2) Transferring ability to apply effective listening skills from characters in scenarios to a partner in the group. Describe situation what they said paraphrase reflection.

3) Exploring how violent and abusive behaviors by men who have been violent to their partners create barriers to sharing, trust, and communication. Increasing the insight of the men who have been violent to their partners concerning why women that have been victimized may feel uncomfortable openly discussing their thoughts and feelings with them.

4) Increase individual group member’s self-awareness about when he is being a barrier to open communication with his partner. Men who have been violent to their partners must develop the ability to listen to their partner and accurately understand her feelings, concerns, and aspirations. He must also challenge himself and his inappropriate behaviors.

5) Addresses situations where the other person has done something “wrong” that has really hurt the man. Expanding men’s capacity to compromise or accept irreconcilable differences about difficult or intense issues, especially financial issues.

Fatherhood and domestic violence (6 lessons) Purpose: Getting men to confront their violence based upon how their behavior affects their children and increasing awareness of possible harms caused. Children can learn abuse through from abusive fathers and male children learn to imitate male role models behavior as an adult.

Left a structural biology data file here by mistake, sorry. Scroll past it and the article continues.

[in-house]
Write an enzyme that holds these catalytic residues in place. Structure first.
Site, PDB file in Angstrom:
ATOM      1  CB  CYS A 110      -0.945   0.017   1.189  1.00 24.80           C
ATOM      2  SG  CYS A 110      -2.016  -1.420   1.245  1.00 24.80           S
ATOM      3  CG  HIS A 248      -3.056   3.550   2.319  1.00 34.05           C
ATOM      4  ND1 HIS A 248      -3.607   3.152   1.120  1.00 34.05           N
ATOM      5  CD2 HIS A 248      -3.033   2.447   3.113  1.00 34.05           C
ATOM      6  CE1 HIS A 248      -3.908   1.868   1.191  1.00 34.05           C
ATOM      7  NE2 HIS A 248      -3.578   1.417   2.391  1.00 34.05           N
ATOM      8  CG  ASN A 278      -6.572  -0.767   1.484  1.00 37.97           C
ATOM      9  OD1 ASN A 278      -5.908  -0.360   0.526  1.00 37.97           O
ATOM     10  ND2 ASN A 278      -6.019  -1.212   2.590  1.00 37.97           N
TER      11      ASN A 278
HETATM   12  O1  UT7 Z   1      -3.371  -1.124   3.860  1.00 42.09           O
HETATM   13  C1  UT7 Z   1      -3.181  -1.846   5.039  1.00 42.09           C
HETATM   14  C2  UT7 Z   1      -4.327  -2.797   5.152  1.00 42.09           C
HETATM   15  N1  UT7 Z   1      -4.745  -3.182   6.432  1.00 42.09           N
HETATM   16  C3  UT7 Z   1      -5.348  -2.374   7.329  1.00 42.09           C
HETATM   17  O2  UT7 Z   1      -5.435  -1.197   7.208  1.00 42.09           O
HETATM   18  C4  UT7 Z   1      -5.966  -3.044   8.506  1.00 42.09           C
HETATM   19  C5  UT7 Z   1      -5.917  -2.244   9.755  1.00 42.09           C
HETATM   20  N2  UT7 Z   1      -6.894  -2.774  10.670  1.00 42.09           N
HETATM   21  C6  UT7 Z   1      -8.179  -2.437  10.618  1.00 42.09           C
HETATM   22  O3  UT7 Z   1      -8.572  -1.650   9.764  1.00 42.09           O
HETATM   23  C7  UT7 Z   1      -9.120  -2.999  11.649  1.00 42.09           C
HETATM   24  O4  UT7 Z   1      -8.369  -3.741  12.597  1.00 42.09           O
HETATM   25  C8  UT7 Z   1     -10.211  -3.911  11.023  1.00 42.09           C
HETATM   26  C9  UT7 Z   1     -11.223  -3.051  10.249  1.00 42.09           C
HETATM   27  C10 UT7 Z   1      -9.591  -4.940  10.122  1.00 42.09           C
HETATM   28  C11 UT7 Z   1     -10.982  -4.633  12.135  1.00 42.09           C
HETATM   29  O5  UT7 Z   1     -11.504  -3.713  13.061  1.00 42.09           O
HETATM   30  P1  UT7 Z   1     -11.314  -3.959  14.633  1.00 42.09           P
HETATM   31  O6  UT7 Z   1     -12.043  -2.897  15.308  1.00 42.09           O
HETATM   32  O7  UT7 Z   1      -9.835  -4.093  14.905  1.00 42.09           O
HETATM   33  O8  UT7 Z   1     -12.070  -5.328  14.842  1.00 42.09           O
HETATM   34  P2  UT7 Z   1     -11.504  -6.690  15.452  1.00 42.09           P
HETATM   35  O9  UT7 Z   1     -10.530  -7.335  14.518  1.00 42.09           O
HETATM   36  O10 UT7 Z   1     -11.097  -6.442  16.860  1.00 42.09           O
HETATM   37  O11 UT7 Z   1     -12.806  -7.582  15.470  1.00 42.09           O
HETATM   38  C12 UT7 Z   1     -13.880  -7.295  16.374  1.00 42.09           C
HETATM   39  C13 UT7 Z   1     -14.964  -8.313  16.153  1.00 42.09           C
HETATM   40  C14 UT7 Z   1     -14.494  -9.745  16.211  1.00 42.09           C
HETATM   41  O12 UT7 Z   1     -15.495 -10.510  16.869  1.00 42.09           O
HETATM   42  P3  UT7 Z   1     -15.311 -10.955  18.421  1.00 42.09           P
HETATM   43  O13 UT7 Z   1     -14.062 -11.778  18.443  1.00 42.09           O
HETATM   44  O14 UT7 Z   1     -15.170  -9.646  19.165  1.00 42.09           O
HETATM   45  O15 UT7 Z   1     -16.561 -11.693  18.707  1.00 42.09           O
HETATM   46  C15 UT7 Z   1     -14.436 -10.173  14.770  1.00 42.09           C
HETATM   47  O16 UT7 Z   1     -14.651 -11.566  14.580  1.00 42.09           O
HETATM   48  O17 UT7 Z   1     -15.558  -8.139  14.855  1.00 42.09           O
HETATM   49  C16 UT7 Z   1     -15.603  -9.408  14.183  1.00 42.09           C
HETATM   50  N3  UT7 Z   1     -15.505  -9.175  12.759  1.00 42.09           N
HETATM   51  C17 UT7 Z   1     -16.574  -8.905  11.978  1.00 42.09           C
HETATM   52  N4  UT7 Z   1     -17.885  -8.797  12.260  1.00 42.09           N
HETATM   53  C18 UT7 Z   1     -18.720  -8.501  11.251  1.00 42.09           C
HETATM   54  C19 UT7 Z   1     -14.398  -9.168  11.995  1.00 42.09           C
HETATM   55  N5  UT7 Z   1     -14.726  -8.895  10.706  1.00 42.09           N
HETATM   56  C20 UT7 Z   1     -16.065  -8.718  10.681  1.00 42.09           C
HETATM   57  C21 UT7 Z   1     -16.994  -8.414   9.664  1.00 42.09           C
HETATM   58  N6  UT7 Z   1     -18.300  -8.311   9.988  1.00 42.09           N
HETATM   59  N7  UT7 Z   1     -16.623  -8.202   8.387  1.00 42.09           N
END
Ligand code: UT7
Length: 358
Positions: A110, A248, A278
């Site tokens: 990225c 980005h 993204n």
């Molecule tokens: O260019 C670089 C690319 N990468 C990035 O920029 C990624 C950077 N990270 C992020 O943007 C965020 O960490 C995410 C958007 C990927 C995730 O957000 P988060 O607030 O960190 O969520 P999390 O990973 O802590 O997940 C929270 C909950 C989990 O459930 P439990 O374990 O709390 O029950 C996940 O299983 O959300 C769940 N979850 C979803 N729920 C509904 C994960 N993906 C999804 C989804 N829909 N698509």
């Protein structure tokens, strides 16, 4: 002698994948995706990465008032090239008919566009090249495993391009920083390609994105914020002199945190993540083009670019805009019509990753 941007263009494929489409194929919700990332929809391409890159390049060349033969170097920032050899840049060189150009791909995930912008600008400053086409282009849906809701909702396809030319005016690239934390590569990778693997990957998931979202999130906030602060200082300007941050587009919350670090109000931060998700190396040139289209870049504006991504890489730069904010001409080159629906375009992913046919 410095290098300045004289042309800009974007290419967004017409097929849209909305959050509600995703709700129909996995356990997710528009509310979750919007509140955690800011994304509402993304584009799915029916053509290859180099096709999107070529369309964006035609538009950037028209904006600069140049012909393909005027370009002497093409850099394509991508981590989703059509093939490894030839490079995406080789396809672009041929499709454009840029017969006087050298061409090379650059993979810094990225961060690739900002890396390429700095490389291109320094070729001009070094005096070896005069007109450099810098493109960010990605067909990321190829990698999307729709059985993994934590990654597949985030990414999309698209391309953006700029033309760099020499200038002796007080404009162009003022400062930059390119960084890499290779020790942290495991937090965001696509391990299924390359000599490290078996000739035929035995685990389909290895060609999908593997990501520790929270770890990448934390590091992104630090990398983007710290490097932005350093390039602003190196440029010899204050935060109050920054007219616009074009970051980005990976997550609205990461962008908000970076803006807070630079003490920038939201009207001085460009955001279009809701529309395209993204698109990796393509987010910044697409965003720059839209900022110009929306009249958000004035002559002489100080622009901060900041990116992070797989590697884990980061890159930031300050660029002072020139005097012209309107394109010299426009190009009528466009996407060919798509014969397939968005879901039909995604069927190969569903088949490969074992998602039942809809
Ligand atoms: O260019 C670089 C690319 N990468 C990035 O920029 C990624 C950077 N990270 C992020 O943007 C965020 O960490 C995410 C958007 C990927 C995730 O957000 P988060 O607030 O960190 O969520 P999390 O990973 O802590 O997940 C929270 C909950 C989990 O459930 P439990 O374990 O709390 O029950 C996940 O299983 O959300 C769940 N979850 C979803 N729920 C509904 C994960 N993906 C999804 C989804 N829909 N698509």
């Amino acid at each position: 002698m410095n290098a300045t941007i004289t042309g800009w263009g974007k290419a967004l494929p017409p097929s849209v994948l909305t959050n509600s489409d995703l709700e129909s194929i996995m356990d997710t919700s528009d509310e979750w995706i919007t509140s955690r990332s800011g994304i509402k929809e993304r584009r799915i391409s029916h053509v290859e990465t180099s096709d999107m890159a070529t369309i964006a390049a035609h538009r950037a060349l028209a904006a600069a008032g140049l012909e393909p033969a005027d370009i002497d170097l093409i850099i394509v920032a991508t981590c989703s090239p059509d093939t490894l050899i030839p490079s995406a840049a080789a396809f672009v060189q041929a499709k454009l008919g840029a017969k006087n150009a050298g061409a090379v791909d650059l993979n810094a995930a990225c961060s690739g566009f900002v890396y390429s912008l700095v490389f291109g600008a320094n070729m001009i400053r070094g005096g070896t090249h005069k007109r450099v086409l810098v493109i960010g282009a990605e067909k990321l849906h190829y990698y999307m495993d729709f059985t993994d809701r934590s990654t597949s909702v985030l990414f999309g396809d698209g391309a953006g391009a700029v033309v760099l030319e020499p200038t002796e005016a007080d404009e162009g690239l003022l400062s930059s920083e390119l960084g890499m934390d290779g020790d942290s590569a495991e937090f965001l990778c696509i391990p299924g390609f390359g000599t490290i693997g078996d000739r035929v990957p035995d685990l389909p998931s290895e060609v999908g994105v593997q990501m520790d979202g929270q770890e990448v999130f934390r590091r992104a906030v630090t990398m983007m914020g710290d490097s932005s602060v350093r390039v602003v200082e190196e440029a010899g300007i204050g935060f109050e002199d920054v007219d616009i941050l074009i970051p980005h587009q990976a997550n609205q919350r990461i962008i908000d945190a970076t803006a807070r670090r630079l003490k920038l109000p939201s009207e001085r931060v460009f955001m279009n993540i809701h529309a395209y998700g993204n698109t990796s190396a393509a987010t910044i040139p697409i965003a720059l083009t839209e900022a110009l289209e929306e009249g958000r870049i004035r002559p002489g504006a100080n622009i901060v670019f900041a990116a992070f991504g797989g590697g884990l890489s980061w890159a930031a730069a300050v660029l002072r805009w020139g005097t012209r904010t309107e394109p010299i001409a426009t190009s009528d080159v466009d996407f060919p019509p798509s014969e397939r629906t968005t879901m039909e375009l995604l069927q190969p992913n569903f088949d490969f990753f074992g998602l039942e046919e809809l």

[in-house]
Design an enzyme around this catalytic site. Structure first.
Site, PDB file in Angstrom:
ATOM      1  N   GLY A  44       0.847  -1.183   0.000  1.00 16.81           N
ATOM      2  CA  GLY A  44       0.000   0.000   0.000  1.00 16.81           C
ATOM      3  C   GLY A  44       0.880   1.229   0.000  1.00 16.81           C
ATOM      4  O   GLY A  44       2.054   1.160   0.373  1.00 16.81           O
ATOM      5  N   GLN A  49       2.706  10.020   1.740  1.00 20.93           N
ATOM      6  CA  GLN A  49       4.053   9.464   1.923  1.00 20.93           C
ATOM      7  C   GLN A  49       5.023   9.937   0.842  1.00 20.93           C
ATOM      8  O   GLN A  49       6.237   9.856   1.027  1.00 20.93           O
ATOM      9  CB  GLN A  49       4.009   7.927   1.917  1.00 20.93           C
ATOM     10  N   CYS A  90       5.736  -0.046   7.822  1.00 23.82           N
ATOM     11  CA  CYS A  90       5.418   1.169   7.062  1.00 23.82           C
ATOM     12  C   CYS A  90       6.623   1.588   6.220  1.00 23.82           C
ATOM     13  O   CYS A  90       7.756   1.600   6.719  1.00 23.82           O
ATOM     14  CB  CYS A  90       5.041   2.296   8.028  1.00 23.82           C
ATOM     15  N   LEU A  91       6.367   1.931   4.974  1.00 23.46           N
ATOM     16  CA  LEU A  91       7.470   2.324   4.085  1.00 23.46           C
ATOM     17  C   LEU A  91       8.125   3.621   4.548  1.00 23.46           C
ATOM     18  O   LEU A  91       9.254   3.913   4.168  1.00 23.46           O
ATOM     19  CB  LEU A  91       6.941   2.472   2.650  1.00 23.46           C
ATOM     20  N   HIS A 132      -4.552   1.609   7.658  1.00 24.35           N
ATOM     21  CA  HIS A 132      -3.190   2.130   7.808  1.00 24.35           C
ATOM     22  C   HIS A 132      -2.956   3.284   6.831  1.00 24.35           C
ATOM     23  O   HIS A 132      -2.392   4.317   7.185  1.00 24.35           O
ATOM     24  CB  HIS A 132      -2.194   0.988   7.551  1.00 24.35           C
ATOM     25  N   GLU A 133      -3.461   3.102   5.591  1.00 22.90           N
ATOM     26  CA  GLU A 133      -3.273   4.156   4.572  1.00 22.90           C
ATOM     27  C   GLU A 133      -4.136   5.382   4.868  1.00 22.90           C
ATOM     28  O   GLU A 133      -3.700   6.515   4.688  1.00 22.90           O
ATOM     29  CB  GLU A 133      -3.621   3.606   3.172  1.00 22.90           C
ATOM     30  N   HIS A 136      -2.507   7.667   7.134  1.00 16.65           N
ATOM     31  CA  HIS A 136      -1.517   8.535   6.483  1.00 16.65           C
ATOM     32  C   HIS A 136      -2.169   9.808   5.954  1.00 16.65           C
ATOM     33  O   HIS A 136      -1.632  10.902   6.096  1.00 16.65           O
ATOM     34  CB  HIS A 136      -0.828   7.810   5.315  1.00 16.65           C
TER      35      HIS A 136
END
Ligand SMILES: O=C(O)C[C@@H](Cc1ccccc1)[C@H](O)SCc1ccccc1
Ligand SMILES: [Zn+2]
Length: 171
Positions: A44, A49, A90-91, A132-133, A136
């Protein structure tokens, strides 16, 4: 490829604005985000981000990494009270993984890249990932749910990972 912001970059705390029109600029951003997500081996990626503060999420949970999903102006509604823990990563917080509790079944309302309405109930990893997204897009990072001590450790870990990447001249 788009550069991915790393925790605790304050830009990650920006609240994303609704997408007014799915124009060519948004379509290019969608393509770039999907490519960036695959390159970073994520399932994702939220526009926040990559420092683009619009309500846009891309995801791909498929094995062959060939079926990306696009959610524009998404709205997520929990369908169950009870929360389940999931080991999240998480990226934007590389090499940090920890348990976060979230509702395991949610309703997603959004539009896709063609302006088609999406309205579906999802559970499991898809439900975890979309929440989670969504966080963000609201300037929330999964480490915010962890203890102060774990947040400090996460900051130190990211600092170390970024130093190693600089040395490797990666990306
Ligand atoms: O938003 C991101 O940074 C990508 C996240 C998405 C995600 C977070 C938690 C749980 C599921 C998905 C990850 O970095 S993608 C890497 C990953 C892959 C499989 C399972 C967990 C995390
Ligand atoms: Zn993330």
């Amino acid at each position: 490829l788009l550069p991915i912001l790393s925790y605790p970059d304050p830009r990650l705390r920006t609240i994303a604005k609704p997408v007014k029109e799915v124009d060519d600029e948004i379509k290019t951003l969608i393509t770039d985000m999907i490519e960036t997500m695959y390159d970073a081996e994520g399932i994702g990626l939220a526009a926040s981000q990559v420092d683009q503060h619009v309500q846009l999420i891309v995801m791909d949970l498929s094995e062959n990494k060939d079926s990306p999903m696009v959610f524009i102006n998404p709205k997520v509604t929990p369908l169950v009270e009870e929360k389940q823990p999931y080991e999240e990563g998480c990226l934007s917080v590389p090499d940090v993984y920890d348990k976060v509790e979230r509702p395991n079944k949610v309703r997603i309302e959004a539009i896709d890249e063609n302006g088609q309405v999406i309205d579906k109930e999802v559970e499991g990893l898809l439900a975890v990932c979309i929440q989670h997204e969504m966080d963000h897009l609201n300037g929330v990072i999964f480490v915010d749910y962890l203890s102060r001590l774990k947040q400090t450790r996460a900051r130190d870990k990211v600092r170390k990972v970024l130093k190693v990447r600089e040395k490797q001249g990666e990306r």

Contrasting the harms caused with examples of how some men who take responsibility for their violence and recognize the impact of their behavior have been able to affect their children ultimately in very positive ways. Crafting a plan to address his abuse with his children and be supportive, cooperative, and respectful of his partner or ex-partner regardless of their relationship status.

1) Examining the impact of fathers and father figures in their lives and considering how abuse has impacted their children and how they might reverse their having modeled abuse to their children. Illustrated through difficult to watch video clips.

2) Considering detrimental influence on their children and developing a reversal plan.

3) Understanding their influence on how a child develops opinions of intimate female relationships. They will be expected to enhance action steps and modify their responsibility plan to address the children in their lives.